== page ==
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Ride vaquero!

6.2
317
Ratings
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Original title
Ride vaquero!
Year
Running time
91 min.
Country
United States United States
Director
Screenwriter
John Farrow, Frank Fenton
Music
Bronislau Kaper
Cinematography
Robert Surtees
Cast
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Producer
MGM
Genre
Western
Synopsis / Plot
Although cast totally against his usual image as not only a vicious killer but as the gun slinging subordinate to a character played by a lesser star, Robert Taylor must have welcomed this assignment from his longtime studio MGM. Taylor owned a ranch, and according to accounts from friends and co-workers, genuinely loved the outdoors: riding, handling cattle, hunting, fishing. The image cultivated for him at the studio, however, was quite different. Early on in his career, he was typecast as the "pretty boy," the handsome, romantic leading man opposite the studios biggest female stars - Garbo in Camille (1937), Crawford in The Gorgeous Hussy (1936), Harlow in Personal Property (1937); parts in which he was required to do little more than be, well, handsome and romantic.

In her autobiography, Ava Gardner, Taylor's co-star in three movies, including this one, said, "Bob couldn't stand those parts. He wanted parts that mirrored his real life. He wanted to be out there fighting against the toughies and shooting the baddies."

By the early 1950s, however, Taylor's matinee-idol looks were starting to show signs of wear, and although he was still considered appealing enough to be cast as Sir Lancelot (opposite Gardner again) in Knights of the Round Table (1953), he was also able to open his range to include this Western (whose title can be roughly translated as "Ride 'Em, Cowboy!"). In Ride, Vaquero! (1953), he plays Rio, adoptive brother of vicious outlaw Esqueda (Anthony Quinn in a performance that earned the film its top critical raves). Esqueda has developed a strong hatred for rancher King Cameron (Howard Keel) and his bride Cordelia (Ava Gardner) and fires up a bloody campaign to rid his territory of the couple. Fearing an all-out attack, the Camerons turn their property into a fortress, managing not only to beat back their enemy's assault but also to capture Rio in the process. Cameron persuades the outlaw lieutenant to stay on as a ranch hand, and an attraction soon develops between Rio and Cordelia that will shift Rio's loyalties and bring him into direct, violent confrontation with his adoptive brother.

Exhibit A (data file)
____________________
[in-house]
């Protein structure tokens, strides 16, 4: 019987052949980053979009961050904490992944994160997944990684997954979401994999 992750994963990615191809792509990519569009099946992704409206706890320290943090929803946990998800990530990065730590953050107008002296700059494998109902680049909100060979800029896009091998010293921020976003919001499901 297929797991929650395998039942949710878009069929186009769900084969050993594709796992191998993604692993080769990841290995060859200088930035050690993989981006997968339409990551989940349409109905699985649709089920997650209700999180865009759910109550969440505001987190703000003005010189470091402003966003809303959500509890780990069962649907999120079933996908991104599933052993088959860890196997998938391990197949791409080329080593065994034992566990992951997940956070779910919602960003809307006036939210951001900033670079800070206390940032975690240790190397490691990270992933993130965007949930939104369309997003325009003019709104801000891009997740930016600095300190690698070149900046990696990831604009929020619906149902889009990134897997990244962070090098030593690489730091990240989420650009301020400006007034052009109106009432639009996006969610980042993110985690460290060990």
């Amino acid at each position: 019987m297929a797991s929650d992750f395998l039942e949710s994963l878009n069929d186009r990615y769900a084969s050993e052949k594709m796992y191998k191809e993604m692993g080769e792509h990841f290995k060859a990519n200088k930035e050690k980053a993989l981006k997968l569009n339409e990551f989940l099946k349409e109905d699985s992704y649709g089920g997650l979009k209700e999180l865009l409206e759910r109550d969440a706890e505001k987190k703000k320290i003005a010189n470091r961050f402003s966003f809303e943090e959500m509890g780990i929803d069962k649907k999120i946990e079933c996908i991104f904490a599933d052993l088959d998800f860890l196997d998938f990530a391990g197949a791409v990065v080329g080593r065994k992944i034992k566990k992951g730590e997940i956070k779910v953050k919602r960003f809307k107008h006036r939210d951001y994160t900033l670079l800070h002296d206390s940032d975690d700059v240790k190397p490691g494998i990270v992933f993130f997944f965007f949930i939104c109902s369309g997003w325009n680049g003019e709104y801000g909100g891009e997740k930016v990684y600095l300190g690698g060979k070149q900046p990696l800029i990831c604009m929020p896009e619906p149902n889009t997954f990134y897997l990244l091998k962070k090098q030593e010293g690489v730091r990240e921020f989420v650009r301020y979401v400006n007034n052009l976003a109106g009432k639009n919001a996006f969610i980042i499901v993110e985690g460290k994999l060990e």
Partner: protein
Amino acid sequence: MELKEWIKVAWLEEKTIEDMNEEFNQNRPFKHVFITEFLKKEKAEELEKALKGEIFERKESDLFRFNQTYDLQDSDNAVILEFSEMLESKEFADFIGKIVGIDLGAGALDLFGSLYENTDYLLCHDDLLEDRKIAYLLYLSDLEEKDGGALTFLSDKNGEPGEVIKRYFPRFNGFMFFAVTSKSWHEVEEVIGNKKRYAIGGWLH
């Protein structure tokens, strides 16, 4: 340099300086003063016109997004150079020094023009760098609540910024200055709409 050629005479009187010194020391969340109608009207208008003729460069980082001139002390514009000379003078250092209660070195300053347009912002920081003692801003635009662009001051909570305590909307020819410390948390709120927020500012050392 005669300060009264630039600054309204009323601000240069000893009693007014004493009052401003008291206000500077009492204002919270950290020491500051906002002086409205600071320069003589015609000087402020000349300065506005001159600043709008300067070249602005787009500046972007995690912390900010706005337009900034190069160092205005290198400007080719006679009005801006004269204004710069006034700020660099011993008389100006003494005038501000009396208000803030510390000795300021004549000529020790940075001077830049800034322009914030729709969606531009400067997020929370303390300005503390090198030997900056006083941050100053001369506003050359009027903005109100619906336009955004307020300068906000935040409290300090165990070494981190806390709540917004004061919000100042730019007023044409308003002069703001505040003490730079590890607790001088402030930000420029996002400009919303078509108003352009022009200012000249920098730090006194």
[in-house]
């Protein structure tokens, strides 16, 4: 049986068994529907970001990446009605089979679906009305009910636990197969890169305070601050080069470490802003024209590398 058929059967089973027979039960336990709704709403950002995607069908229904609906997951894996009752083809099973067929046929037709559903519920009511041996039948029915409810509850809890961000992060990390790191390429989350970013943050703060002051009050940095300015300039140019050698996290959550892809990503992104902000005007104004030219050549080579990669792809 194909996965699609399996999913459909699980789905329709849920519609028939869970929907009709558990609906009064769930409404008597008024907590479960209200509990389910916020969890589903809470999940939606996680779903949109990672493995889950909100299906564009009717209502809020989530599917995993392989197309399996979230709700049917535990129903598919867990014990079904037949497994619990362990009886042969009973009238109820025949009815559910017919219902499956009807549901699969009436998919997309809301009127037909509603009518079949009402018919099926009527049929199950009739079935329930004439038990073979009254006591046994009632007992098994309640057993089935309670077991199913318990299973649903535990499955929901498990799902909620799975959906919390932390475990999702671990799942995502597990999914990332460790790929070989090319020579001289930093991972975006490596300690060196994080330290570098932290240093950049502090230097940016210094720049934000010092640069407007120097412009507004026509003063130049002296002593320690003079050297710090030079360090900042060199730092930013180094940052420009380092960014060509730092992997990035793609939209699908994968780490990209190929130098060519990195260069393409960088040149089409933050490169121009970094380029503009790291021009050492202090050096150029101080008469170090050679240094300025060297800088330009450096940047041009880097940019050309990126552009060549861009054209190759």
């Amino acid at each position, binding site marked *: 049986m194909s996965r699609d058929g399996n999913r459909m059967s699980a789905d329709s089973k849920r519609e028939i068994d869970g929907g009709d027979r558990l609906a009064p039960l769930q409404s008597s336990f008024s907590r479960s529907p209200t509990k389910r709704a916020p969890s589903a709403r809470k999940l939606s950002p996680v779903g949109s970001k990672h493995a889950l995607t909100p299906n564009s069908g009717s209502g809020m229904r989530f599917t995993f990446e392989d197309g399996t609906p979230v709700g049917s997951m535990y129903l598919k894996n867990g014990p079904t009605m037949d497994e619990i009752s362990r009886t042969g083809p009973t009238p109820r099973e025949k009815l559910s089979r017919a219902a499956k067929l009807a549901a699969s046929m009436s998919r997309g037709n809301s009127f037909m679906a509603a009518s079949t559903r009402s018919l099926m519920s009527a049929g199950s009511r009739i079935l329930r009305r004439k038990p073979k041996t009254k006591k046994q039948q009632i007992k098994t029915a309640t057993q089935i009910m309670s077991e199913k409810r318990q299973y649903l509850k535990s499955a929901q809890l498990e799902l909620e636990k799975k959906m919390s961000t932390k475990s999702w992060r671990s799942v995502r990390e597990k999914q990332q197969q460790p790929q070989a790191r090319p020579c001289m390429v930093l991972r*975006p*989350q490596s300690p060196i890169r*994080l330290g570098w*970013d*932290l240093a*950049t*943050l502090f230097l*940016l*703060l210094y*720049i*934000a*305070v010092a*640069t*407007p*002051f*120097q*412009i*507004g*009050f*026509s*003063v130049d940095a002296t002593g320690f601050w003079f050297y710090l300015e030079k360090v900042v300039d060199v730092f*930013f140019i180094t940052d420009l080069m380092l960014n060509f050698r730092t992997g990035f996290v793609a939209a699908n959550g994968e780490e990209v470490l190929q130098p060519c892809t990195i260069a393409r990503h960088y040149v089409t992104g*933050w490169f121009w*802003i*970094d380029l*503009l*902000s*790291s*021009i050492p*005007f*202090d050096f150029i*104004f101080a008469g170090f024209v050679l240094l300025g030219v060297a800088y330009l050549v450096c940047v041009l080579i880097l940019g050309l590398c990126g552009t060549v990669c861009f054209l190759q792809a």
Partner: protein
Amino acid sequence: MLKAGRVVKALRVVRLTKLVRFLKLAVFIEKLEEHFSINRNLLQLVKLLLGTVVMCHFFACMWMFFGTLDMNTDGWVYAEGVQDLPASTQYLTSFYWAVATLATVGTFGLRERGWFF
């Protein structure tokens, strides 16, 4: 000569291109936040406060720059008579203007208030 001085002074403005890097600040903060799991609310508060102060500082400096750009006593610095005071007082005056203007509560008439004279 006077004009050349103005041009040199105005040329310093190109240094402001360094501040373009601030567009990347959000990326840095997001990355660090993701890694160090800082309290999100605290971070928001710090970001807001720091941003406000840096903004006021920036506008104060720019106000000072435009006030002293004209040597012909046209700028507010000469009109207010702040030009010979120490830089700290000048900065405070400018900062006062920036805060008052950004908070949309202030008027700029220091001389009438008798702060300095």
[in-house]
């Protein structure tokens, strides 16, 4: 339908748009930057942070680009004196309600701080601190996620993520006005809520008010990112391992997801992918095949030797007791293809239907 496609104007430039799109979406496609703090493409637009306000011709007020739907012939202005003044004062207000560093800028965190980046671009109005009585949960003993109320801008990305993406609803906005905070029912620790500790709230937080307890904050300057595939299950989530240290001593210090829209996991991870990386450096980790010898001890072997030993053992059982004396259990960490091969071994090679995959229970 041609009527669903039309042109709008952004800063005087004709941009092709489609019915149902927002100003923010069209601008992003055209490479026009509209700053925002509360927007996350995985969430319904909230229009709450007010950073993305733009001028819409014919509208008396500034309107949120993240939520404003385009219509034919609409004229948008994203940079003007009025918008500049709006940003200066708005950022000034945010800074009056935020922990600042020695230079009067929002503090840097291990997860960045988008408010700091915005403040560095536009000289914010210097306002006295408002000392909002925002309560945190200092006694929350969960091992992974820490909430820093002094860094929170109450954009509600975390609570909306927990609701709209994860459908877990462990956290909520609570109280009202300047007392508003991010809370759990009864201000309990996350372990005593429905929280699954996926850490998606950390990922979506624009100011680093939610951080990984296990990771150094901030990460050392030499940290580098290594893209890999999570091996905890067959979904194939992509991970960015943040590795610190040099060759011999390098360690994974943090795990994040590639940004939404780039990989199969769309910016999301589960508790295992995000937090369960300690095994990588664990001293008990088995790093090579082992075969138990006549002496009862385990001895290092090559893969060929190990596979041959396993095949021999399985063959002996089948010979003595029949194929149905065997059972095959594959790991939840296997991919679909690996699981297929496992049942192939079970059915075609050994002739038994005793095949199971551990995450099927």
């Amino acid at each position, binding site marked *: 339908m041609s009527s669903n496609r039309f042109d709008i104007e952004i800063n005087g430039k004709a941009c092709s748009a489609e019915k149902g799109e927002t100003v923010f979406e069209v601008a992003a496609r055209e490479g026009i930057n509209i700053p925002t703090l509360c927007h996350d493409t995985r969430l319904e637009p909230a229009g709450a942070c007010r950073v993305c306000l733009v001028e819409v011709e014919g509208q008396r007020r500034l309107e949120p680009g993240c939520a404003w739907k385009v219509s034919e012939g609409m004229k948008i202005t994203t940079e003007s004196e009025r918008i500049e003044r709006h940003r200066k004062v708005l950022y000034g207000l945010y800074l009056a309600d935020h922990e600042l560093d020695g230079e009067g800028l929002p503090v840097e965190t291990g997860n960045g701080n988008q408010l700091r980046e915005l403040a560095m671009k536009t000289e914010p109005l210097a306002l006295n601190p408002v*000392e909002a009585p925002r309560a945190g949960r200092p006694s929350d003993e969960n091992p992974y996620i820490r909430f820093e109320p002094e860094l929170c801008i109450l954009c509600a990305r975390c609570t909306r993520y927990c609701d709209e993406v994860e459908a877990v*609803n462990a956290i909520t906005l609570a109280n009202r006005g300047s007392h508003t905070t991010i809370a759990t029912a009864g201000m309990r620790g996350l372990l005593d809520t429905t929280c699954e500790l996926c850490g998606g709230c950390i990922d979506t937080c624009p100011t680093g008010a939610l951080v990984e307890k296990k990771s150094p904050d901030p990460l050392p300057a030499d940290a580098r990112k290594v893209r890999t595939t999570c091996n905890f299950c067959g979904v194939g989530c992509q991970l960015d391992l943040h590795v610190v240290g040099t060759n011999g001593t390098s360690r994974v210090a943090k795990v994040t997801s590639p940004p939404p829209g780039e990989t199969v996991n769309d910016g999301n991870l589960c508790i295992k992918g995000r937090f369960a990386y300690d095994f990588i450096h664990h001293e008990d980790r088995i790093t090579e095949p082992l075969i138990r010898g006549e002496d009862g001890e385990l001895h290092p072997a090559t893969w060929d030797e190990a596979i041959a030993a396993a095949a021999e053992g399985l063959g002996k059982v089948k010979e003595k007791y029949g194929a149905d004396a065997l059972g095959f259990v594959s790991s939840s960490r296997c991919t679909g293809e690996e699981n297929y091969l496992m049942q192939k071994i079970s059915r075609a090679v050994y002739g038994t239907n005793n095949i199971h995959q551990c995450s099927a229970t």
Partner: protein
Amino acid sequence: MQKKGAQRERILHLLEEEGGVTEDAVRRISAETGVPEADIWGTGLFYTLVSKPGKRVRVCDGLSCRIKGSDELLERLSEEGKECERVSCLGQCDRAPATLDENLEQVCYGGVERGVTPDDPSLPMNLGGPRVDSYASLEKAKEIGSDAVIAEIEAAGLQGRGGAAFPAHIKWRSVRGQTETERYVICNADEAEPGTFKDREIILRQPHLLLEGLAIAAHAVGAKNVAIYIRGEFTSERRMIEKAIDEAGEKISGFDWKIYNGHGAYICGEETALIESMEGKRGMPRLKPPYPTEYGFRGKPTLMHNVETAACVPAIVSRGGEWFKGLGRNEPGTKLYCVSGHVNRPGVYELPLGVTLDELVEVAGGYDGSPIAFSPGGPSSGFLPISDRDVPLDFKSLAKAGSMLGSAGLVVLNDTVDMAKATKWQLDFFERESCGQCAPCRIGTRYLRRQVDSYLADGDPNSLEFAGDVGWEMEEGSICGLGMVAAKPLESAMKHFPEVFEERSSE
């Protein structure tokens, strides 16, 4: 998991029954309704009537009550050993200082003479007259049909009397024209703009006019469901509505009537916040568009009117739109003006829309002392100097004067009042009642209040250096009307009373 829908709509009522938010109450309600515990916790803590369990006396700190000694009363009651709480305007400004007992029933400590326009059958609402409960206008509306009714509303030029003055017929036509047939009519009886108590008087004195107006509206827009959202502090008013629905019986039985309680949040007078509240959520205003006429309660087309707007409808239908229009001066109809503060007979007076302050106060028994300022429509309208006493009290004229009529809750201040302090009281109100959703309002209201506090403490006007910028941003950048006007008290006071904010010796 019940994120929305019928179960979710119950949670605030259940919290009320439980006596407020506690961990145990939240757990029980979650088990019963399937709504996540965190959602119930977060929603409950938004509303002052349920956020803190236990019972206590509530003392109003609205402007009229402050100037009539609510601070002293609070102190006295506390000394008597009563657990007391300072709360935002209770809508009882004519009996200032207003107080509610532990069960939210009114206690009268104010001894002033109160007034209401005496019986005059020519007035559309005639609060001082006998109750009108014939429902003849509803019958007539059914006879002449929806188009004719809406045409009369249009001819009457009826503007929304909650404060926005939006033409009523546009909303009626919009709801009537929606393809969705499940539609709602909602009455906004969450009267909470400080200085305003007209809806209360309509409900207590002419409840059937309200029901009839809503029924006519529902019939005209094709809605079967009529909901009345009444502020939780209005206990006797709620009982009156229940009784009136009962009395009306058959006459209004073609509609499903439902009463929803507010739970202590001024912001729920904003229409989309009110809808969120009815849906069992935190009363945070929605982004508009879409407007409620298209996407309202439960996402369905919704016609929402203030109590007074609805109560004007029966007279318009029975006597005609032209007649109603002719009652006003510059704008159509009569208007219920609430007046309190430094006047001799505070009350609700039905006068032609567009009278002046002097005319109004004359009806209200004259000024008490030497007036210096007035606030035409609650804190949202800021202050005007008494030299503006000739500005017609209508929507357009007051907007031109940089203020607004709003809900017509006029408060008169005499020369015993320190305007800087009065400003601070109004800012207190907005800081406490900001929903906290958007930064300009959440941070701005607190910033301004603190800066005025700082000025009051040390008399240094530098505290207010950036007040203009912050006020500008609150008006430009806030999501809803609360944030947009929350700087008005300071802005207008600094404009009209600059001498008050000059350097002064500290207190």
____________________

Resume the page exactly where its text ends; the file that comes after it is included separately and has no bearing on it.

Despite dissatisfaction with many of the roles he was offered, Taylor's loyalty to Metro was lasting. He remained under contract about 30 years, long after the studio system had collapsed and far longer than his contemporaries would hang on.

Ride, Vaquero! was one of MGM's first big-scale wide-screen Westerns. It was directed by John Farrow, husband of actress Maureen O'Sullivan (Jane to Johhny Weismuller's Tarzan) and father of Mia Farrow. It also boasts the talents of Frank Fenton, who maintained successful dual careers as both actor and screenwriter, and cinematographer Robert Surtees, whose long career included Thirty Seconds Over Tokyo (1944), The Bad and the Beautiful (1952), The Graduate (1967), and The Sting (1973). (info from Turner Classic Movies)
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